In response to lobbying by the insurance and medical industries, many states have adopted laws that make it more difficult to find expert witnesses who are permitted to testify in medical malpractice cases. Doctors who clearly have the expertise required to offer an informed opinion are precluded from testifying based on arbitrary criteria imposed by legislators who want to protect negligent doctors from the consequences of malpractice.
Tennessee is one such state. Among other restrictions, Tennessee requires a liability expert in a medical malpractice case to have been licensed to practice and to have actually practiced medicine in Tennessee or a contiguous state during the year prior to the act that caused the patient’s injury.
Whether the licensing requirements applies to a doctor who is authorized to practice, and actually practicing, in Tennessee but exempt from licensing laws was the issue in Young v. Frist Cardiology. The Tennessee Supreme Court construed state law to require expert witnesses to be licensed even when they are authorized to practice without a license.
The Locality Rule in Malpractice Cases
In the nineteenth century, many states adopted the locality rule “to protect rural physicians from being held to the same standards as physicians working in urban areas or at academic institutions.” The locality rule requires juries to determine the standard of care in the locality where the defendant physician committed the allegedly negligent act.
Does the standard of care for treating a patient in Tennessee differs from the standard of care in Florida? There is no reason that it should, but parochial legislatures and courts are slow to recognize the need to bring the law into the current century.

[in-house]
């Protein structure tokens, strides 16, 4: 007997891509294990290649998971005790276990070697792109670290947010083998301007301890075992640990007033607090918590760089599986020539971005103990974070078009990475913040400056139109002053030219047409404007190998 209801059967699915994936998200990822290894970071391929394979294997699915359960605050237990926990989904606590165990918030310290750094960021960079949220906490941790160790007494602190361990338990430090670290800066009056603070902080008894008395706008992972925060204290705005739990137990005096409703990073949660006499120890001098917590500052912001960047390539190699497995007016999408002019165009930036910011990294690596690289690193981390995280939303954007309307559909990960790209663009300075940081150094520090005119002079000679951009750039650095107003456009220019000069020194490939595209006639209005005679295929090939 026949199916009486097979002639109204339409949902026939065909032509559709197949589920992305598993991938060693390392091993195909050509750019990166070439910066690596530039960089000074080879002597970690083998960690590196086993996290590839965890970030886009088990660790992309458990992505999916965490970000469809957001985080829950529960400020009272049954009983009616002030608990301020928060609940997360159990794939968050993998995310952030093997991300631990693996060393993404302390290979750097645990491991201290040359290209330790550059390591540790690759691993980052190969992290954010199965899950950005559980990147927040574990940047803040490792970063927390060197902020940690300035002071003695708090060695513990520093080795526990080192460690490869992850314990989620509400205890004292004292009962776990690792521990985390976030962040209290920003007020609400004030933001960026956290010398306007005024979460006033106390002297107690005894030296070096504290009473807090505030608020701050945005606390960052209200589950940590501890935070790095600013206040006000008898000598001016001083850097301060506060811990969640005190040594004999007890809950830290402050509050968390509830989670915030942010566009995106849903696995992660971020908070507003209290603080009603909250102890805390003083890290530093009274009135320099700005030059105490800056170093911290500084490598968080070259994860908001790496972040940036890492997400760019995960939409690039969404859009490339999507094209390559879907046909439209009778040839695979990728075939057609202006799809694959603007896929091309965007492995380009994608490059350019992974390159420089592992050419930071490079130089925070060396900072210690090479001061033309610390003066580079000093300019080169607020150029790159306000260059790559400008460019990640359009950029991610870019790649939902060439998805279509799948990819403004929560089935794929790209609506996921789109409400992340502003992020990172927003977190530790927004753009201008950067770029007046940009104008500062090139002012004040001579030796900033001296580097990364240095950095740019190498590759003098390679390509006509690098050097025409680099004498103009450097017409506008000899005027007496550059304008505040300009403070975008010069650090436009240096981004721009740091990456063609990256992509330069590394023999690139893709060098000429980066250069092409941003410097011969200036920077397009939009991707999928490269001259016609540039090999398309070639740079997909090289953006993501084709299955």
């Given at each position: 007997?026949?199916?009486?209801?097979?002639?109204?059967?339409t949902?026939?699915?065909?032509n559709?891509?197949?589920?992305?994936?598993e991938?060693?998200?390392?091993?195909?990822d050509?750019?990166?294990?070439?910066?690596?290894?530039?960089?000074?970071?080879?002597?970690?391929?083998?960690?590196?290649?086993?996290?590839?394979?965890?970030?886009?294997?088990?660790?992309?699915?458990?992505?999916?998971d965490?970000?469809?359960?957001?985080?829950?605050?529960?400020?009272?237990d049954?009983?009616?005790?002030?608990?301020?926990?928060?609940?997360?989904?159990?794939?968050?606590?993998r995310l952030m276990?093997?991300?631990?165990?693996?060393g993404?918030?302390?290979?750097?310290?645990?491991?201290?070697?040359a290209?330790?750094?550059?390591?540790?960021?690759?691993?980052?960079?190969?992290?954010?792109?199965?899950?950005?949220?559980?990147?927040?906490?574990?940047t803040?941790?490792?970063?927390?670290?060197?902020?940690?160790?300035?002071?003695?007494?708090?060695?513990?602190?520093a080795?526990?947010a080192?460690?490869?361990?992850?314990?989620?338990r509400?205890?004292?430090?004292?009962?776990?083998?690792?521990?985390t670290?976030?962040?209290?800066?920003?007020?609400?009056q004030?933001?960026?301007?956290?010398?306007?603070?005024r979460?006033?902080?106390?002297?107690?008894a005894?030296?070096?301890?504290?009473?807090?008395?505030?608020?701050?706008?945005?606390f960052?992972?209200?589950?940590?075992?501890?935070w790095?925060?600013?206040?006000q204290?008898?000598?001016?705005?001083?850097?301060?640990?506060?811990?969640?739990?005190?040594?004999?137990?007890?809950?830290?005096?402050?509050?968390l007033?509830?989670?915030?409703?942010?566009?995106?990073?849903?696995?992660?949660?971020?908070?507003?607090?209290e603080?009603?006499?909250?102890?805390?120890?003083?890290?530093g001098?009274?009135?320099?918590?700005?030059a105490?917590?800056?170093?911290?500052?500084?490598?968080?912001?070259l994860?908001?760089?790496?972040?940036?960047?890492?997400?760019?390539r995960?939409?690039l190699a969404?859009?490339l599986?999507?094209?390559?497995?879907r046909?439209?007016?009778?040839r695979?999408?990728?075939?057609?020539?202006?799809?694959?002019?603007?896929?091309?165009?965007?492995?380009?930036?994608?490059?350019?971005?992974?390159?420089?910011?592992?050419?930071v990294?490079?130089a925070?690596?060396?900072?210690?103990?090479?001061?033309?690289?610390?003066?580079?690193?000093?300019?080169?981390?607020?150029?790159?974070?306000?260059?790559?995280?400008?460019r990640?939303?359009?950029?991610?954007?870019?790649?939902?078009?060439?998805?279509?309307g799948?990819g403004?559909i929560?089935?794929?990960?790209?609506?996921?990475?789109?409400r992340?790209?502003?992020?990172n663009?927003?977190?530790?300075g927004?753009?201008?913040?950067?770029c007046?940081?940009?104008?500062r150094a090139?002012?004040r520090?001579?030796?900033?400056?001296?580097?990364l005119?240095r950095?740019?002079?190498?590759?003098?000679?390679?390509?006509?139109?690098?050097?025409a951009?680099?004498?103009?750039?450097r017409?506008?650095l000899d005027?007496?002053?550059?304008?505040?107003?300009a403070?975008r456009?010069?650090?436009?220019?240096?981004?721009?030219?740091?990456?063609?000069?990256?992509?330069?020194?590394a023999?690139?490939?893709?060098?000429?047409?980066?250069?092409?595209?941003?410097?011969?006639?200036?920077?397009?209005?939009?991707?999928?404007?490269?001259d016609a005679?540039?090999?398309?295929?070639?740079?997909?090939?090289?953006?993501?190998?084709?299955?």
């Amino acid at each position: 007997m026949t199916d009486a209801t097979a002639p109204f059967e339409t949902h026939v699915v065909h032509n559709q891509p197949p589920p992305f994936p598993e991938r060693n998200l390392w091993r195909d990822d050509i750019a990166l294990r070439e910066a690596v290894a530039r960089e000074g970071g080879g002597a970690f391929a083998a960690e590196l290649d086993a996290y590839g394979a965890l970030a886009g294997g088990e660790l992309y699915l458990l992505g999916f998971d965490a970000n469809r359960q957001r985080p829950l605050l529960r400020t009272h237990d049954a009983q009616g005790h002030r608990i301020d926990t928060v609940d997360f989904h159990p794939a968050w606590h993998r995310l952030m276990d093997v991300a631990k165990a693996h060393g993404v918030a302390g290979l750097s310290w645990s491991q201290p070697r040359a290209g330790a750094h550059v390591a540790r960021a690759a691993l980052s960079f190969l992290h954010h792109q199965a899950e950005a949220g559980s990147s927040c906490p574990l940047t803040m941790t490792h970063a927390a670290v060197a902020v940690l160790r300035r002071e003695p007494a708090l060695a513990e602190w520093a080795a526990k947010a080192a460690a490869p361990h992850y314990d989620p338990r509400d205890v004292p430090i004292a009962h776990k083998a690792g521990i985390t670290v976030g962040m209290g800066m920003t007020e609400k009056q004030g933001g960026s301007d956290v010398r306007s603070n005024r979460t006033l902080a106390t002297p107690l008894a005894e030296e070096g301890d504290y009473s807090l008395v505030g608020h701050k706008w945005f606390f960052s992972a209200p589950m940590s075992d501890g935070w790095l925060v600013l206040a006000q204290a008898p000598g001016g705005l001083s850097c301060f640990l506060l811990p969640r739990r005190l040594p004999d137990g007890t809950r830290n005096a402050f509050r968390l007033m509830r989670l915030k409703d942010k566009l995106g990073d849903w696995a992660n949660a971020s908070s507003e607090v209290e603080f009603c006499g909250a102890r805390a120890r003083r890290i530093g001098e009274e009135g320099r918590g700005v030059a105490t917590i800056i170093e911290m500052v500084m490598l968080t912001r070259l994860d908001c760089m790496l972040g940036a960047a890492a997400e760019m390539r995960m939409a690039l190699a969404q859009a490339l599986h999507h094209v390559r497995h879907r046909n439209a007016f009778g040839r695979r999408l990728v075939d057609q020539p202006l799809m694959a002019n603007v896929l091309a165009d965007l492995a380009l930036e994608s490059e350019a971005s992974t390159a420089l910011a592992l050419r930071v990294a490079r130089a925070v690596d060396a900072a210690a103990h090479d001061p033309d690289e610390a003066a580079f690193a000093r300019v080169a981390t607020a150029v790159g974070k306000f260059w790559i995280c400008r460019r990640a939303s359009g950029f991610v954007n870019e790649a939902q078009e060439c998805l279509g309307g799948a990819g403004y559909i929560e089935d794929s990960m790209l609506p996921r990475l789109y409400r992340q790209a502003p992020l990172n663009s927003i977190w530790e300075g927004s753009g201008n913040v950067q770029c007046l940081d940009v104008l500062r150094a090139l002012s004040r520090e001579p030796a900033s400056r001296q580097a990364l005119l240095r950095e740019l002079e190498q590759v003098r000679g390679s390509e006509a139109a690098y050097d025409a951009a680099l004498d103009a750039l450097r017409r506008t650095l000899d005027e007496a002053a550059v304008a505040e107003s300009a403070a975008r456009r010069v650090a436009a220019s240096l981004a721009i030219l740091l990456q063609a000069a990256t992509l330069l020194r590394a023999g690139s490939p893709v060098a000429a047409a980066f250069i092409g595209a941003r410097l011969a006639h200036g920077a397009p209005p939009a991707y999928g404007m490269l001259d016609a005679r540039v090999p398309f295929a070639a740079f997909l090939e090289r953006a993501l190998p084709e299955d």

The locality rule has no obvious value in the age of the internet. Rural doctors now have just as much access to modern medical techniques as urban doctors. Yet many states stubbornly cling to the antiquated rule. The Tennessee Code, for example, requires plaintiffs to prove the standard of care “in the community in which the defendant practices or in a similar community.”
The Tennessee Supreme Court has recognized the sensibility of using a national standard of care in the modern age. It has nevertheless deferred to the legislature’s 1975 adoption of the locality rule.
The locality rule restricts the range of expert witnesses who would otherwise be available to testify for the injured patient. A physician in Atlanta might be eminently qualified to testify about the appropriate standard of care for treating a health condition, but unfamiliarity with the standards followed by doctors in a small Tennessee town in which the defendant physician practiced might preclude the expert from testifying. Making it difficult to find expert witnesses is exactly the reason that laws like Tennessee’s are championed by the insurance industry.
The “Licensed to Practice” Rule
Randall Young had a procedure to correct an abnormal heart rhythm. He died from a stroke two days later. His estate sued the surgeon, alleging that the procedure should not have been performed on a patient in Young’s condition and that the surgeon failed to evaluate and monitor Young’s condition before and during surgery.